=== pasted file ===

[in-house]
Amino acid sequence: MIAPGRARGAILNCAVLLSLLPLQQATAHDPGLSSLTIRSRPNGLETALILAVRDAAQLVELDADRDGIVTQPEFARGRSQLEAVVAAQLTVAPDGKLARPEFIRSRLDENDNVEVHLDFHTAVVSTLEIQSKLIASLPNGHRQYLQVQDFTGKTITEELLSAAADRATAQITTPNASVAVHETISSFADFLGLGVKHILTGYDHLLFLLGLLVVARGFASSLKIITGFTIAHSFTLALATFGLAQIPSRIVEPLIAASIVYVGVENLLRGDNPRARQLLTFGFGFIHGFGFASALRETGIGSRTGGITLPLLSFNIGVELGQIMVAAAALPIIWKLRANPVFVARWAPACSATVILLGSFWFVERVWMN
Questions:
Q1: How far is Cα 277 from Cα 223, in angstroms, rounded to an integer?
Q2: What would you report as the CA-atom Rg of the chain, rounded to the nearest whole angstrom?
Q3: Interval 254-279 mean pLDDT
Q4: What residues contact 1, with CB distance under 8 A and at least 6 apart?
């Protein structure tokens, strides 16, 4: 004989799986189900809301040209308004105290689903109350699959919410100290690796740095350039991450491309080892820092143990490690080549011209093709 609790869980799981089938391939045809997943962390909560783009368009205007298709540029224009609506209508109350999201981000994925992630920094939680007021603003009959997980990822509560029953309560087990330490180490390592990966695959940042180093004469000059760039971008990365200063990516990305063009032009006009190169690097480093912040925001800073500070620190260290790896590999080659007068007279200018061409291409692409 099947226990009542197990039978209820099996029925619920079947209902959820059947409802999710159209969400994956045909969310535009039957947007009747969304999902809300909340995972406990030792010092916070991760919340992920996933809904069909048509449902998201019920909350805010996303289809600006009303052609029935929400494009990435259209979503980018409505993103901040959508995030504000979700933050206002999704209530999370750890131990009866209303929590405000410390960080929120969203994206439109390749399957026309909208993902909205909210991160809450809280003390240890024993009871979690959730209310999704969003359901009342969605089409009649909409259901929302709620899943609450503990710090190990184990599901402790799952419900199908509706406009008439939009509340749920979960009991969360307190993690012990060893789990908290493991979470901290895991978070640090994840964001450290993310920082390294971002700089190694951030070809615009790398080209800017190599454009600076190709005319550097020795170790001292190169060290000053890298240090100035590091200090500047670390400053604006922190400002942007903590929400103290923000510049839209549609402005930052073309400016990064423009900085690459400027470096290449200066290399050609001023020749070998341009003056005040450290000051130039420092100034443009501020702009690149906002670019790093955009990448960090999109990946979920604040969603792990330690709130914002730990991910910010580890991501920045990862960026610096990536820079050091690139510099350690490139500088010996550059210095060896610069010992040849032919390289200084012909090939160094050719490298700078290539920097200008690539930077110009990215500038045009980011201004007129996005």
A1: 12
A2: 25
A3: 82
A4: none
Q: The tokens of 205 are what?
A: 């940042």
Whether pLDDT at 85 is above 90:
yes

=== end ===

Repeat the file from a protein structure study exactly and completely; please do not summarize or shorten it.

[in-house]
Amino acid sequence: MIAPGRARGAILNCAVLLSLLPLQQATAHDPGLSSLTIRSRPNGLETALILAVRDAAQLVELDADRDGIVTQPEFARGRSQLEAVVAAQLTVAPDGKLARPEFIRSRLDENDNVEVHLDFHTAVVSTLEIQSKLIASLPNGHRQYLQVQDFTGKTITEELLSAAADRATAQITTPNASVAVHETISSFADFLGLGVKHILTGYDHLLFLLGLLVVARGFASSLKIITGFTIAHSFTLALATFGLAQIPSRIVEPLIAASIVYVGVENLLRGDNPRARQLLTFGFGFIHGFGFASALRETGIGSRTGGITLPLLSFNIGVELGQIMVAAAALPIIWKLRANPVFVARWAPACSATVILLGSFWFVERVWMN
Questions:
Q1: How far is Cα 277 from Cα 223, in angstroms, rounded to an integer?
Q2: What would you report as the CA-atom Rg of the chain, rounded to the nearest whole angstrom?
Q3: Interval 254-279 mean pLDDT
Q4: What residues contact 1, with CB distance under 8 A and at least 6 apart?
């Protein structure tokens, strides 16, 4: 004989799986189900809301040209308004105290689903109350699959919410100290690796740095350039991450491309080892820092143990490690080549011209093709 609790869980799981089938391939045809997943962390909560783009368009205007298709540029224009609506209508109350999201981000994925992630920094939680007021603003009959997980990822509560029953309560087990330490180490390592990966695959940042180093004469000059760039971008990365200063990516990305063009032009006009190169690097480093912040925001800073500070620190260290790896590999080659007068007279200018061409291409692409 099947226990009542197990039978209820099996029925619920079947209902959820059947409802999710159209969400994956045909969310535009039957947007009747969304999902809300909340995972406990030792010092916070991760919340992920996933809904069909048509449902998201019920909350805010996303289809600006009303052609029935929400494009990435259209979503980018409505993103901040959508995030504000979700933050206002999704209530999370750890131990009866209303929590405000410390960080929120969203994206439109390749399957026309909208993902909205909210991160809450809280003390240890024993009871979690959730209310999704969003359901009342969605089409009649909409259901929302709620899943609450503990710090190990184990599901402790799952419900199908509706406009008439939009509340749920979960009991969360307190993690012990060893789990908290493991979470901290895991978070640090994840964001450290993310920082390294971002700089190694951030070809615009790398080209800017190599454009600076190709005319550097020795170790001292190169060290000053890298240090100035590091200090500047670390400053604006922190400002942007903590929400103290923000510049839209549609402005930052073309400016990064423009900085690459400027470096290449200066290399050609001023020749070998341009003056005040450290000051130039420092100034443009501020702009690149906002670019790093955009990448960090999109990946979920604040969603792990330690709130914002730990991910910010580890991501920045990862960026610096990536820079050091690139510099350690490139500088010996550059210095060896610069010992040849032919390289200084012909090939160094050719490298700078290539920097200008690539930077110009990215500038045009980011201004007129996005």
A1: 12
A2: 25
A3: 82
A4: none
Q: The tokens of 205 are what?
A: 């940042």
Whether pLDDT at 85 is above 90:
yes